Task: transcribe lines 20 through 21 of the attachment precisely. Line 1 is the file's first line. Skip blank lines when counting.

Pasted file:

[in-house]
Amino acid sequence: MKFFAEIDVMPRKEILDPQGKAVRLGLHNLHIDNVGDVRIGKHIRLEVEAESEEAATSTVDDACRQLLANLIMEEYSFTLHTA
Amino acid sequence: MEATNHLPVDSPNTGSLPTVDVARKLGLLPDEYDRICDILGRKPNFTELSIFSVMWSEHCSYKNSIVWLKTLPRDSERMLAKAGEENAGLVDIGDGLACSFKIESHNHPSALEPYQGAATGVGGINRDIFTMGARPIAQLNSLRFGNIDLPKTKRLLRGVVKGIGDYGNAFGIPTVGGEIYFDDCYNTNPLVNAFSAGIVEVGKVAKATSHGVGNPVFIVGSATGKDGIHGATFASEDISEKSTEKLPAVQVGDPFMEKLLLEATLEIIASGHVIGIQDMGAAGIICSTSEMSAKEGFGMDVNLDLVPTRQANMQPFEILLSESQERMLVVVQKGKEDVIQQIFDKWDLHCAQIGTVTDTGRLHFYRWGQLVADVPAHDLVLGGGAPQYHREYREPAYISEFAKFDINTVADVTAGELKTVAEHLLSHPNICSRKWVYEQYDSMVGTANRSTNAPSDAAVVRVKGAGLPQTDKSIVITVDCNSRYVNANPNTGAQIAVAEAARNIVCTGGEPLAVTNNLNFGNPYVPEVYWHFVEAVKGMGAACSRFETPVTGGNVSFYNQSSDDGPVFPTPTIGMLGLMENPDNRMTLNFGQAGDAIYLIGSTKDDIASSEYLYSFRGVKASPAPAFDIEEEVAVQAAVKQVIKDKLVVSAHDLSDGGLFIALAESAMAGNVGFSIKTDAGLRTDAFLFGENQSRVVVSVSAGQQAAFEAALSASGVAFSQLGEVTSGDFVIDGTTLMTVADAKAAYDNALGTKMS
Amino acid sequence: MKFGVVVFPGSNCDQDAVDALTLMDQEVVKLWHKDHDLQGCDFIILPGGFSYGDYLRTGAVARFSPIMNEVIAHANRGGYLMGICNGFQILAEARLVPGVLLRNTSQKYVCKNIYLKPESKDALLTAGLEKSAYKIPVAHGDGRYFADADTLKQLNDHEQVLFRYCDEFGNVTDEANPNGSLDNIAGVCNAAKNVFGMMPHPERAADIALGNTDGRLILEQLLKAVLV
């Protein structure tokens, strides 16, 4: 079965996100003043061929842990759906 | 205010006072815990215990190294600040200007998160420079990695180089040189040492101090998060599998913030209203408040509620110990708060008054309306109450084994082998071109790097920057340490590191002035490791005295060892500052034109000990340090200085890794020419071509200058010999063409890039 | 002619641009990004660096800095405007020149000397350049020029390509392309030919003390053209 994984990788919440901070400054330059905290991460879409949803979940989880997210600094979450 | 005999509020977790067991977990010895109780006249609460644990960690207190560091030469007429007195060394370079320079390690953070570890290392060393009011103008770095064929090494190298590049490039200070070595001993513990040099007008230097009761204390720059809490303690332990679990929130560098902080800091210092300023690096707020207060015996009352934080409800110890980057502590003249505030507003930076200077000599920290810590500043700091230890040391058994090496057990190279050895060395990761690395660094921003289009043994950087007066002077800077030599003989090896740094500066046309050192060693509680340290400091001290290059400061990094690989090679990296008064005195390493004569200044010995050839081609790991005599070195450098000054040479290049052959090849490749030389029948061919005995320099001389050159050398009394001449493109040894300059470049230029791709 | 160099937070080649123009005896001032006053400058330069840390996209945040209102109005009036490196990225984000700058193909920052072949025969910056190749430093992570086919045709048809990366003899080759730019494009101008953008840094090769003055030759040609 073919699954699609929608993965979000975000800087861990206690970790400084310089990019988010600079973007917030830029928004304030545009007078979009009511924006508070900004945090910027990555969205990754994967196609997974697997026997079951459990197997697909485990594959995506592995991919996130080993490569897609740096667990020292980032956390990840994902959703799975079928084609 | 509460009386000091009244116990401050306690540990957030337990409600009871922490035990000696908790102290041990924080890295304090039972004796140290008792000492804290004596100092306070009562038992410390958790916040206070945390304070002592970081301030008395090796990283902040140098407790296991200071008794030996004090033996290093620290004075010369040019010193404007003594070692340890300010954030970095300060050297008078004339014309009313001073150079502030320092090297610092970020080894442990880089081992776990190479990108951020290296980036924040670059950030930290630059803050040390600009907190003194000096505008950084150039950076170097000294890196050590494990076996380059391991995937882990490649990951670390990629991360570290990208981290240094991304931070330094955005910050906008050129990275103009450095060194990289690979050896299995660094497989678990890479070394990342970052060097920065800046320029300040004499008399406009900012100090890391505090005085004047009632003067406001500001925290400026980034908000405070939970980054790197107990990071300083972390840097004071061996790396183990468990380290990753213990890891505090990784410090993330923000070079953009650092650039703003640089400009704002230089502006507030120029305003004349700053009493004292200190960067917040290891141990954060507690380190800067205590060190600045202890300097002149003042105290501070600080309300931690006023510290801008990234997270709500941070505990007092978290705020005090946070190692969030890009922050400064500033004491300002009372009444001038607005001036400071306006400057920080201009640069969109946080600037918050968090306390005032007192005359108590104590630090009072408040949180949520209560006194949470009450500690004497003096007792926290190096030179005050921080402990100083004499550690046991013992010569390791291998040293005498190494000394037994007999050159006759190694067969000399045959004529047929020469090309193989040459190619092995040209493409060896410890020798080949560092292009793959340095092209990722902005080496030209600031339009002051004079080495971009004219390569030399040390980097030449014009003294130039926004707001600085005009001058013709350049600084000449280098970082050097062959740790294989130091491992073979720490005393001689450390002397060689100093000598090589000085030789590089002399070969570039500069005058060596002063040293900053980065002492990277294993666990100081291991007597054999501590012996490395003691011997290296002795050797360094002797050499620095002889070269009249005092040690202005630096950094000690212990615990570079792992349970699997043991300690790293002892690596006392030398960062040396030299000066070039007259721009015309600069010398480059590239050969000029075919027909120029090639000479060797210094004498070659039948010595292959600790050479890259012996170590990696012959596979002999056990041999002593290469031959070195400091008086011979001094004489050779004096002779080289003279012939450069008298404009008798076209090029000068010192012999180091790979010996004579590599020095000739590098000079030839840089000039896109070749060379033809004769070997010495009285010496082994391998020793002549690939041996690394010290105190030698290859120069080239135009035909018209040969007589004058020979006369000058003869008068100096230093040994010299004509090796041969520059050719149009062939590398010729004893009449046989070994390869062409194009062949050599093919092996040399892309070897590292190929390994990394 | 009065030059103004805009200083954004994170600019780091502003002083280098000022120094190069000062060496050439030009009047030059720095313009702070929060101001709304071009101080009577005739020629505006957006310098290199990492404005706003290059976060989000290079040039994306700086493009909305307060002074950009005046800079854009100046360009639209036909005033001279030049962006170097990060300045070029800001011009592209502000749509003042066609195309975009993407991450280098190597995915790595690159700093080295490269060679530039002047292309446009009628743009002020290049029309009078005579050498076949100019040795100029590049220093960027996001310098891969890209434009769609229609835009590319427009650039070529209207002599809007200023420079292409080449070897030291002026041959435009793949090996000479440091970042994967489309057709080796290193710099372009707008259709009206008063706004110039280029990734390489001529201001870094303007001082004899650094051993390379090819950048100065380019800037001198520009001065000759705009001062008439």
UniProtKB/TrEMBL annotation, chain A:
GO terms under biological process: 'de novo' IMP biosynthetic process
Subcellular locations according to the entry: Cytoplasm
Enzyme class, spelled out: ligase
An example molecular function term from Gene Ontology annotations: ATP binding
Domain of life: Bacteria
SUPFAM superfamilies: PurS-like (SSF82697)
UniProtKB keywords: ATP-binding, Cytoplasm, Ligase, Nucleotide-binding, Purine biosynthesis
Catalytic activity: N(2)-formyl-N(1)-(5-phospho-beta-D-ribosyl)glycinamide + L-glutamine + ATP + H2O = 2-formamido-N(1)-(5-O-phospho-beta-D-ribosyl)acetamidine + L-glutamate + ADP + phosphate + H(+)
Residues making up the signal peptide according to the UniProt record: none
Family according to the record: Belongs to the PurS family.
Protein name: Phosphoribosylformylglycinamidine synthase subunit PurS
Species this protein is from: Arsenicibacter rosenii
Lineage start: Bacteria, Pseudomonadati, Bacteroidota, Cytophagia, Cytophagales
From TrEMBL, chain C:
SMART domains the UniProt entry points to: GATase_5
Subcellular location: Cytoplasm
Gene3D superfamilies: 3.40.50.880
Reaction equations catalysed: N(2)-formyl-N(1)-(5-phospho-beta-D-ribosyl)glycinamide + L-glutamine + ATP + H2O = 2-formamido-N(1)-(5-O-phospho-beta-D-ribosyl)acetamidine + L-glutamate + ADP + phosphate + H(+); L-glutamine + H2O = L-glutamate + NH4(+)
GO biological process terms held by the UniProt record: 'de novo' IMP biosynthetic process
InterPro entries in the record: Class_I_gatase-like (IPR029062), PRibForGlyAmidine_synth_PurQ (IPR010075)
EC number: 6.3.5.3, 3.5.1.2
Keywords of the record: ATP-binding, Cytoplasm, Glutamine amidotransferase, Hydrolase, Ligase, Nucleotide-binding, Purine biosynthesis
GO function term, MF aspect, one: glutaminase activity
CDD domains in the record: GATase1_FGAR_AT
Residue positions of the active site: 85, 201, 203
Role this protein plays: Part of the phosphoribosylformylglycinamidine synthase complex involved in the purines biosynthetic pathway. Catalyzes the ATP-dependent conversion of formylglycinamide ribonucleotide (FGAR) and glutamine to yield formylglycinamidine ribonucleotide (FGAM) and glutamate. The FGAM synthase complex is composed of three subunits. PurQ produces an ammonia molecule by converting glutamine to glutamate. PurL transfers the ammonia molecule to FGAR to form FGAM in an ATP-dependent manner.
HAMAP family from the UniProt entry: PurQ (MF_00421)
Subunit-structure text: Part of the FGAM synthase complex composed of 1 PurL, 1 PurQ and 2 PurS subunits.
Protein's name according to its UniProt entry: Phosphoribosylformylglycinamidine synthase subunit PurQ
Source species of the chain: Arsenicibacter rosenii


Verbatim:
From TrEMBL, chain C:
SMART domains the UniProt entry points to: GATase_5